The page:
Coming up with explanations helps children develop cause-and-effect thinking skills

by Jessica Sinn
Image: Wikimedia Commons

(Medical Xpress)—Asking children to come up with explanations—even to themselves—enhances their cause-and-effect learning abilities, according to new psychology research from The University of Texas at Austin.

The study, published in the Journal of Experimental Child Psychology, shows that young children who come up with explanations while are able to connect new ideas with prior cause-and-effect knowledge. By forming their own generalizations, learners can more efficiently understand novel information, says Cristine Legare, associate professor of psychology and lead author of the study.

To examine the potential benefits of -based learning, Legare and her collaborator, Tania Lombrozo of the University of California at Berkeley, presented 182 preschoolers (ages 3 to 6) with a mechanical toy composed of colorful, interlocking gears with a crank on one end and a propeller on the other. After showing the children the basics of the toy's moving parts, the researchers separated the children into two groups and asked them to either explain or observe the toy. To assess the learning effects of explanatory versus descriptive responses, the researchers prompted the children with more questions about the toy's appearance and structure.

According to the results of both studies, the explainers across all age groups outperformed other children in understanding the cause-and-effect operations of the toy. They were also better at rebuilding the toy and transferring that new knowledge to other learning tasks. However, explaining does not improve—and can even impair—memory for details, such as the toy's size, shapes and colors.

So why do explainers do so well in understanding the toy's functionality, but falter when it comes to memorizing specific details? One possibility, Legare says, is that explanation helps the learner focus more on understanding cause-and-effect mechanisms, but not so much on the perceptual details.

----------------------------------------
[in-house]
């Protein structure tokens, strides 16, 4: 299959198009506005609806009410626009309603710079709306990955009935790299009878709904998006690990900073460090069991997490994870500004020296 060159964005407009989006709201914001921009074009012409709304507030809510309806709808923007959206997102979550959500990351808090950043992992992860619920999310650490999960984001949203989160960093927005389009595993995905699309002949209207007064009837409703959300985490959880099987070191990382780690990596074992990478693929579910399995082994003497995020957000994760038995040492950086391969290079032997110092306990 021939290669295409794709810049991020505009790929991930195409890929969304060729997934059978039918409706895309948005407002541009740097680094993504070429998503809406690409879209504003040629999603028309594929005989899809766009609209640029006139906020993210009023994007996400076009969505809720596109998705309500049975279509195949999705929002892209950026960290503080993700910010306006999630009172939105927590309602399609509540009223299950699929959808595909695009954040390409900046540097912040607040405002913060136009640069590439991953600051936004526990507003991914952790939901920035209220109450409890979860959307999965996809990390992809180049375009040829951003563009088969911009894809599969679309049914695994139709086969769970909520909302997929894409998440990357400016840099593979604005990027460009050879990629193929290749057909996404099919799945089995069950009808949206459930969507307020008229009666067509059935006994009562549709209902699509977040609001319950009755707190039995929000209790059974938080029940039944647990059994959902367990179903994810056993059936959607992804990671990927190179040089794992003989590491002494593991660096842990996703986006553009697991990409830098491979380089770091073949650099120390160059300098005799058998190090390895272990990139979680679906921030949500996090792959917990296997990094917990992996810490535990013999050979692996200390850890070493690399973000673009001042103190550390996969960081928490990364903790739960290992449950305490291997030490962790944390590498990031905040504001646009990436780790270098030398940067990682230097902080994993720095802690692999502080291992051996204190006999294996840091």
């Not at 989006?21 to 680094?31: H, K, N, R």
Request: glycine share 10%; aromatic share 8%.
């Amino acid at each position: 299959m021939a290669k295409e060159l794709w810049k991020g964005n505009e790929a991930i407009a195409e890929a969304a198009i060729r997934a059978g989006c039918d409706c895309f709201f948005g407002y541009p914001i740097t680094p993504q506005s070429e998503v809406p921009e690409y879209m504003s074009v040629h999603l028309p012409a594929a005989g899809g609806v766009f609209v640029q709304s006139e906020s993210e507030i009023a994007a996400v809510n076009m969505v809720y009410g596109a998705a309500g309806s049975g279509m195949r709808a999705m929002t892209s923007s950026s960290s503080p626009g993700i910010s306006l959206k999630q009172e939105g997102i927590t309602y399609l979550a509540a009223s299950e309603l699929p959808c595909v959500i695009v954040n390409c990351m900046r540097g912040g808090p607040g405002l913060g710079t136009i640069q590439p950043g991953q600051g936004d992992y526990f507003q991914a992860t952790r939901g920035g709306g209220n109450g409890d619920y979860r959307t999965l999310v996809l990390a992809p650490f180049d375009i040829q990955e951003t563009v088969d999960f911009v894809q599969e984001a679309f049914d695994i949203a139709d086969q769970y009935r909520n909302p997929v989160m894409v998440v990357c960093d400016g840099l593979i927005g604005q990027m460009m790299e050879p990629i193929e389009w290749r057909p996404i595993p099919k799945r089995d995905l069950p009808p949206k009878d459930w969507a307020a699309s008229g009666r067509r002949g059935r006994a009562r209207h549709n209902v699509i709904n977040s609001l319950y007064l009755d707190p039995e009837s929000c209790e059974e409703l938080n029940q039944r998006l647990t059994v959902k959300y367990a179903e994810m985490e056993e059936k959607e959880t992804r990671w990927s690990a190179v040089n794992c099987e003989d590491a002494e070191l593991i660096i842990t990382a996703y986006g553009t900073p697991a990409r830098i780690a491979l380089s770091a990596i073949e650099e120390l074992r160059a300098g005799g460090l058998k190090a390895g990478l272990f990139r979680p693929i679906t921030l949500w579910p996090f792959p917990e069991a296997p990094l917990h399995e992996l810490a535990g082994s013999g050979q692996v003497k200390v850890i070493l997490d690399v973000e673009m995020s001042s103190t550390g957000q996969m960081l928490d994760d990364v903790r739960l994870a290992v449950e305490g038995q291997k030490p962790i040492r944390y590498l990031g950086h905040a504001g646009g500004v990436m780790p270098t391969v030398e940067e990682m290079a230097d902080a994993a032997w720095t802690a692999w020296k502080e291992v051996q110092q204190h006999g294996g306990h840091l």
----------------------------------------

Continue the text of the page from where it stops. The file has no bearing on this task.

Although much is still unknown about the role of explanation in early childhood learning, it's clear that explaining engages young learners in ways that other cognitive processes do not.

"Understanding the ways in which explanation does—and does not—improve learning speaks not only to questions about the development of cause-and-effect knowledge, but also to questions about how to most effectively harness explanation for use in educational interventions," Legare says.

In another paper, published in Child Development Perspectives, Legare examines the learning benefits of explanation and exploration, two cognitive processes that work in tandem to comprehend novel information. When teachers and parents ask children to explain "why" and "how," they give them an opportunity to think like scientists, Legare says. This approach is effective in and outside the classroom, she notes.

"The way gather evidence through exploration and understand it through explanation provides insights into the development of ," Legare says. "This strategy can help harness their potential for scientific reasoning and improve their critical thinking skills," Legare says.

More information: The study is available online: www.concepts.dreamhosters.com/… -Early-Childhood.pdf

add to favorites email to friend print save as pdf

Related Stories

Preschoolers know good vs. bad sources of info

Mar 22, 2013

(Medical Xpress)—Young children are not like sponges just soaking up information. They can actively evaluate what people know and go to the "experts" for information they want, reports a Cornell study published in a special ...

Human infants capable of advanced reasoning

Jun 24, 2011

(Medical Xpress) -- Recent research reported in PhysOrg showed that babies seem to be able to distinguish right from wrong even at the age of six months, and consistently choose helpful characters over unhe ...

Early childhood educator recommends better toys

Dec 03, 2013

When it comes to Christmas gifts for young children, Anna Nippert, instructor of early childhood education at Kansas State University's College of Human Ecology, recommends parents be more focused on fostering imagination ...

Recommended for you

Junk food makes rats lose appetite for balanced diet

6 hours ago

A diet of junk food not only makes rats fat, but also reduces their appetite for novel foods, a preference that normally drives them to seek a balanced diet, reports a study published in the open-access journal ...

User comments